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Dealer Requesting Modification of Sale Contract

Discussion in 'Car Sales, Dealers, Repairs, Lemon Law' started by Cozamo, Jul 12, 2020.

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  1. Cozamo

    Cozamo Law Topic Starter New Member

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    I purchased an unregistered demo vehicle with 4,000 miles on the odometer. The car is an electric vehicle. At the time of purchase, the dealership informed me the vehicle is still considered "new" and eligible for the EV tax credits. I assumed this also meant that I am eligible for the California clean vehicle rebate. However, the CA CVRP requires that the car be defined as "new" according to California Vehicle Code (CVC) Section 430. Based on the CVC Section 430, the vehicle is considered new if it is unregistered. However, the definition of used vehicles as defined in Section 665 include "unregistered vehicles regularly used or operated as demonstrators in the sales work of a dealer." When I purchased the vehicle, I signed a used vehicle disclosure form in which the car was listed as an unregistered demo vehicle. However the retail installment sale contract listed the vehicle as new which eased some of my concern as the CA CVRP requires I submit a purchase agreement with my rebate application.

    More than a week after I signed the original contract, the dealership contacted me requesting a change in the contract stating that California requires the vehicle be disclosed as used so the sales contract must be modified to list the vehicle as used. I have sent emails out to the CA CVRP as well as the IRS to verify my eligibility for the CA rebates and federal tax credits. If it turns out that I don’t qualify for the rebate or tax credit and the dealership refuses to negotiate a lower price, I would like to return the car. If I refused to sign this new contract and agreed to returning the vehicle back to the dealership, am I entitled to receive a refund of my down payment? They have already cashed the check I wrote for the down payment.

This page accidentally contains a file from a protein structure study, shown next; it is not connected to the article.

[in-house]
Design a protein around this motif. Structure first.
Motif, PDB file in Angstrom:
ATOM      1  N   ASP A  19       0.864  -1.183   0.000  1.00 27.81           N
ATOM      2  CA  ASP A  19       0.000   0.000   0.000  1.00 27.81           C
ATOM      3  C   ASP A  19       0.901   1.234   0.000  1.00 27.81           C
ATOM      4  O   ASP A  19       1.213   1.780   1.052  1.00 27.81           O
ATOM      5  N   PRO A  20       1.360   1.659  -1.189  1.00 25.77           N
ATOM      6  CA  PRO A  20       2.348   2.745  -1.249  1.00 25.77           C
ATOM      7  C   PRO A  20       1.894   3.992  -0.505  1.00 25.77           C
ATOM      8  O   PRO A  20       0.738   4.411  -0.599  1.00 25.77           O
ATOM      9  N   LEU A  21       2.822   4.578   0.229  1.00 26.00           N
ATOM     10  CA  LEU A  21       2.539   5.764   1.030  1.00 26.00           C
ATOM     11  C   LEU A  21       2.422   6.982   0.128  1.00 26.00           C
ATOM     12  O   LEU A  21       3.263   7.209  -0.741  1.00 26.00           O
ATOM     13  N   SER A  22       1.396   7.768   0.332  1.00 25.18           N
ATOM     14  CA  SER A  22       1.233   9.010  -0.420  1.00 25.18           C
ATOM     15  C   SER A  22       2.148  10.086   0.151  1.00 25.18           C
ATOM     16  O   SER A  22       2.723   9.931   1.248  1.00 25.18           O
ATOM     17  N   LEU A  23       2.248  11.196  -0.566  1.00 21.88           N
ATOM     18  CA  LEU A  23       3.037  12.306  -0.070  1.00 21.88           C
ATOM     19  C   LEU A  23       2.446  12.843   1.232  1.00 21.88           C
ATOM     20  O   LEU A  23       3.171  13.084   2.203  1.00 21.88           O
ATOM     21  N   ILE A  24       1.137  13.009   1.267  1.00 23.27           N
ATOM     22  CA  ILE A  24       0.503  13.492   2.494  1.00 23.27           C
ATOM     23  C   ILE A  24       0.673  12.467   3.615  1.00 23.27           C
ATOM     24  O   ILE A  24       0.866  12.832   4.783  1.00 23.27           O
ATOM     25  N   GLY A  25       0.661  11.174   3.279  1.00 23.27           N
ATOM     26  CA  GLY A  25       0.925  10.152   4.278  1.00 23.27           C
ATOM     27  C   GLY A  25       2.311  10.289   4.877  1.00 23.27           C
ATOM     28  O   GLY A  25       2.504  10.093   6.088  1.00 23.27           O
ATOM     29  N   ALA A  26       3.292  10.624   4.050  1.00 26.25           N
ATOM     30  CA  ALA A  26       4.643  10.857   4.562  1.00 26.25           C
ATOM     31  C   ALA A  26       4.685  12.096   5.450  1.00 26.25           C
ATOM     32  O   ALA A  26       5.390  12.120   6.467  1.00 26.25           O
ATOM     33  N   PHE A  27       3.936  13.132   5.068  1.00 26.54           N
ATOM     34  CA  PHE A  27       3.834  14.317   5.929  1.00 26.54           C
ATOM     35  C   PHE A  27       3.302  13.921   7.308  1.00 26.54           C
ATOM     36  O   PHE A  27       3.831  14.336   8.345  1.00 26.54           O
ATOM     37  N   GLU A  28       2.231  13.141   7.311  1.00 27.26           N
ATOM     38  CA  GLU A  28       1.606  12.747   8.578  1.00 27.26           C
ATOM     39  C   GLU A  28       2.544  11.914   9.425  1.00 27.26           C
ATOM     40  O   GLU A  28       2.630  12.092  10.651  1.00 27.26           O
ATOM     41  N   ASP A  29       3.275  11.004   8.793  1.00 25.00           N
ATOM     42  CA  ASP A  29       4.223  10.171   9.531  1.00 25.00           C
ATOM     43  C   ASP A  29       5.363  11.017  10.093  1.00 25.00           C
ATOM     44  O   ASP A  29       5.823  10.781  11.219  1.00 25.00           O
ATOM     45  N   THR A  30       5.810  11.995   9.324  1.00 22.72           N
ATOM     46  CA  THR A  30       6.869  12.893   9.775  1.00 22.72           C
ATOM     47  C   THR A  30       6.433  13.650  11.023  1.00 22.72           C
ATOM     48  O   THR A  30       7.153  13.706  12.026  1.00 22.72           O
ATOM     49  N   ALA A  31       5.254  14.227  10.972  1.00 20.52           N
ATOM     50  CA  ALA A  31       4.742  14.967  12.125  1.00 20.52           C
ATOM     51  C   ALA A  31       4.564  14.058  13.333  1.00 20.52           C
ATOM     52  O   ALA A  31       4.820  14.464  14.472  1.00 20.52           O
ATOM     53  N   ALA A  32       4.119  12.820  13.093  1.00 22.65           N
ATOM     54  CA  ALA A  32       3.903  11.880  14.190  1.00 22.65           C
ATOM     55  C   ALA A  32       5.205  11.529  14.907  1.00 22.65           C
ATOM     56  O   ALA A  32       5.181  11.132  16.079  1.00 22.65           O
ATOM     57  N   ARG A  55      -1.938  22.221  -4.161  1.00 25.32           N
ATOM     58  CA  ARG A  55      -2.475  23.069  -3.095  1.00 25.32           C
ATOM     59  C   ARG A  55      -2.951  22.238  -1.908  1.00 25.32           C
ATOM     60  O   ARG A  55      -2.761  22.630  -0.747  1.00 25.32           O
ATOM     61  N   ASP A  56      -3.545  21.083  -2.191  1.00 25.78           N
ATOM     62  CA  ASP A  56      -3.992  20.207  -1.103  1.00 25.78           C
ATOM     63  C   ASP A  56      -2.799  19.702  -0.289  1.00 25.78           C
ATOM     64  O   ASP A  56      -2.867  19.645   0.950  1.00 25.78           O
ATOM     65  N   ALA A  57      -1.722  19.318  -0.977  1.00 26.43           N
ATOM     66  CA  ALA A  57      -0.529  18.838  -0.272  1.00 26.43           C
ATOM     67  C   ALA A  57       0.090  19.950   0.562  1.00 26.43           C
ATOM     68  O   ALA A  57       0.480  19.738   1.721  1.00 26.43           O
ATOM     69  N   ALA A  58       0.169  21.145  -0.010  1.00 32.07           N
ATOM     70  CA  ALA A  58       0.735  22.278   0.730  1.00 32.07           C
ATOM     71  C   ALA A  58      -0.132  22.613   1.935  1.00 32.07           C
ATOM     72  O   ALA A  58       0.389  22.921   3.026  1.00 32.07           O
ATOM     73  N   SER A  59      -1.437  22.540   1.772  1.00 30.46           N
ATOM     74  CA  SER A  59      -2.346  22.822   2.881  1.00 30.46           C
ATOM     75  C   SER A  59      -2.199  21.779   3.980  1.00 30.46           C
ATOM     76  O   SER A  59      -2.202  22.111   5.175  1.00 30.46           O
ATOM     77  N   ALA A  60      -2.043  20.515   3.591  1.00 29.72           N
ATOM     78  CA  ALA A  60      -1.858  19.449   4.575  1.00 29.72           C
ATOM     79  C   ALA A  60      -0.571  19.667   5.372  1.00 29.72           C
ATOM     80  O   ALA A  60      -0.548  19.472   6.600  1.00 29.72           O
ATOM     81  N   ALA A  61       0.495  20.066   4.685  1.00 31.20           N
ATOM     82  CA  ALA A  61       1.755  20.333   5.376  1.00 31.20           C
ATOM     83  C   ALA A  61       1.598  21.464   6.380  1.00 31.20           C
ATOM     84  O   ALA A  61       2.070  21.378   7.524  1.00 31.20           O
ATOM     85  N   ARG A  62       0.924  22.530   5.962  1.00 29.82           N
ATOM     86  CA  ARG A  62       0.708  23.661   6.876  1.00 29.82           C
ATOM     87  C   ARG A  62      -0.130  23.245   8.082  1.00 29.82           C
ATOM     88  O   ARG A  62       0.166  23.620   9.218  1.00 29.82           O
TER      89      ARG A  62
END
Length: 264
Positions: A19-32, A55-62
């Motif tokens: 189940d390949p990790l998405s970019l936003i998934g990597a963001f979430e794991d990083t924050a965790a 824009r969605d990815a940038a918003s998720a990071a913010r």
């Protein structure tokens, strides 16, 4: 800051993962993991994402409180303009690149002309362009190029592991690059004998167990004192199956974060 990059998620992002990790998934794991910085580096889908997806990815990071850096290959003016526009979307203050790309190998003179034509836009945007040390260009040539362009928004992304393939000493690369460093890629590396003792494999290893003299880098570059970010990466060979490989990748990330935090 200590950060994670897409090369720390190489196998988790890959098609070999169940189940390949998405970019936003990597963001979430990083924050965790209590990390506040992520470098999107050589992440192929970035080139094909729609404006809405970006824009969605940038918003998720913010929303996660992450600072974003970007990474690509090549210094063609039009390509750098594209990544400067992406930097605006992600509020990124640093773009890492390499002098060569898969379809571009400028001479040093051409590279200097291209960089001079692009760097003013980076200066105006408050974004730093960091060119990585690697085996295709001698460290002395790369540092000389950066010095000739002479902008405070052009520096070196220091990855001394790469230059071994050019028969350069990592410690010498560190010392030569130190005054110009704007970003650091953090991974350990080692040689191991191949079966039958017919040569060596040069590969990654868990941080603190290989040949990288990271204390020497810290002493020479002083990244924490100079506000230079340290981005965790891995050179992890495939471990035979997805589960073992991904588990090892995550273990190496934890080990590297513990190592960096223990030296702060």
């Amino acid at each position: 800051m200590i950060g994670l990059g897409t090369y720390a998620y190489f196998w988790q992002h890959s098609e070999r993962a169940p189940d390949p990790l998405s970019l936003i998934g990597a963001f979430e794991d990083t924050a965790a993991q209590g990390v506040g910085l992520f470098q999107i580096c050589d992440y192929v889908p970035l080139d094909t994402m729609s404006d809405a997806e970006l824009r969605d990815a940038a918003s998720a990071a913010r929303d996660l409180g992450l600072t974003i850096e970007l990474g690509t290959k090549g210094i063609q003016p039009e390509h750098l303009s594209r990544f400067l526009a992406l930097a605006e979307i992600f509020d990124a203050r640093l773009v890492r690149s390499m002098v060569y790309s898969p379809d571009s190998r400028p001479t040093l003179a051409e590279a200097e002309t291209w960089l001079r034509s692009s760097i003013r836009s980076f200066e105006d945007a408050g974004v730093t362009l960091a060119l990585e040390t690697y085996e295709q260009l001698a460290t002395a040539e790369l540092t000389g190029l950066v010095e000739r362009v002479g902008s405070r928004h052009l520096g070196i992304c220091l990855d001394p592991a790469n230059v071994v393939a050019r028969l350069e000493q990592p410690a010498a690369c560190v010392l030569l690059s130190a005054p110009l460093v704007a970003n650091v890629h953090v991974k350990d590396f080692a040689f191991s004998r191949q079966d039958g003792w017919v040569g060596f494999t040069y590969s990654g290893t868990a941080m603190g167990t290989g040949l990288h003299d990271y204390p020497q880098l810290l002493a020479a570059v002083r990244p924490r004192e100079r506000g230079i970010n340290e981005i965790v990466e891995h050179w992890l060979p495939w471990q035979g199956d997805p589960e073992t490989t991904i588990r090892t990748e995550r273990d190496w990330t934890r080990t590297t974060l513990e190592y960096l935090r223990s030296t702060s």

2. army judge

    army judge Super Moderator

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    It isn't about what you'd like to do, rather its about what you agreed to do when you signed the contract.

    You might be able to renegotiate, if you speak to the right person in the dealership's chain of command, and are solicitous, rather than demanding.

    It never hurts to ask.

    If you don't ask a question, you won't get an answer.

    You could refuse to accept delivery permanently, but there is always a cost to making such a choice if offered.

    Read the contract to see what this might end up costing you.
     
  3. adjusterjack

    adjusterjack Super Moderator

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    Start by understanding that car dealers are liars and thieves. I have no idea what kind of consequences will ensue but you can bet the dealer isn't going voluntarily accept the car back and give you a refund.

    In fact, if you return the car it's a repo. It goes to the finance company to be sold at auction and trashes your credit. Worse, it'll probably sell for less than you owe on it and you will still owe money.

    Were I in your place I would tell the dealer to pound sand and you aren't signing anything. Then see what happens.
     
  4. mightymoose

    mightymoose Moderator

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    You are not obligated to do anything at all. Review the sales contact and understand the language that may allow the dealer to cancel the contract. If you are beyond the time the contract allows, then there is nothing wrong with saying no, or ignoring the dealer altogether.
    If the dealer still has time and cause to cancel the contract them be prepared for that to happen. You would likely owe a prorated amount for the time you had the vehicle. The contract should explain everything.

    Personally, if I was happy with the way things are, I would not do anything that might change that.
     

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